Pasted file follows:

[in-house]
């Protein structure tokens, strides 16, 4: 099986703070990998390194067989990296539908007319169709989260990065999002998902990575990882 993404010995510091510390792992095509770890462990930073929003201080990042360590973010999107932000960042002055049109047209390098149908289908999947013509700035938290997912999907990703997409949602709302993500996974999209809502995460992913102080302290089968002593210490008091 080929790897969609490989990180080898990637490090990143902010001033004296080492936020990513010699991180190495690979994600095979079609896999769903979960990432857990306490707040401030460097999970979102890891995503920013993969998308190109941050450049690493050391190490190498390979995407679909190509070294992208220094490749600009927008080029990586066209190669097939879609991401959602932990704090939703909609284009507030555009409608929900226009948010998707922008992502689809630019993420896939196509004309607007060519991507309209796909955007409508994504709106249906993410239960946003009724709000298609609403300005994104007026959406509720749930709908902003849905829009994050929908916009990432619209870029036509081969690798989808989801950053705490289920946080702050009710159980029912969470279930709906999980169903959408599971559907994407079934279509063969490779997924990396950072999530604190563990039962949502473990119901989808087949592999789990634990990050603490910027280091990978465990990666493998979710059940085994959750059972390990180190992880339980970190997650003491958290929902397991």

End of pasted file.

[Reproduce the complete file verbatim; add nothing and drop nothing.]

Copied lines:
[in-house]
């Protein structure tokens, strides 16, 4: 099986703070990998390194067989990296539908007319169709989260990065999002998902990575990882 993404010995510091510390792992095509770890462990930073929003201080990042360590973010999107932000960042002055049109047209390098149908289908999947013509700035938290997912999907990703997409949602709302993500996974999209809502995460992913102080302290089968002593210490008091 080929790897969609490989990180080898990637490090990143902010001033004296080492936020990513010699991180190495690979994600095979079609896999769903979960990432857990306490707040401030460097999970979102890891995503920013993969998308190109941050450049690493050391190490190498390979995407679909190509070294992208220094490749600009927008080029990586066209190669097939879609991401959602932990704090939703909609284009507030555009409608929900226009948010998707922008992502689809630019993420896939196509004309607007060519991507309209796909955007409508994504709106249906993410239960946003009724709000298609609403300005994104007026959406509720749930709908902003849905829009994050929908916009990432619209870029036509081969690798989808989801950053705490289920946080702050009710159980029912969470279930709906999980169903959408599971559907994407079934279509063969490779997924990396950072999530604190563990039962949502473990119901989808087949592999789990634990990050603490910027280091990978465990990666493998979710059940085994959750059972390990180190992880339980970190997650003491958290929902397991």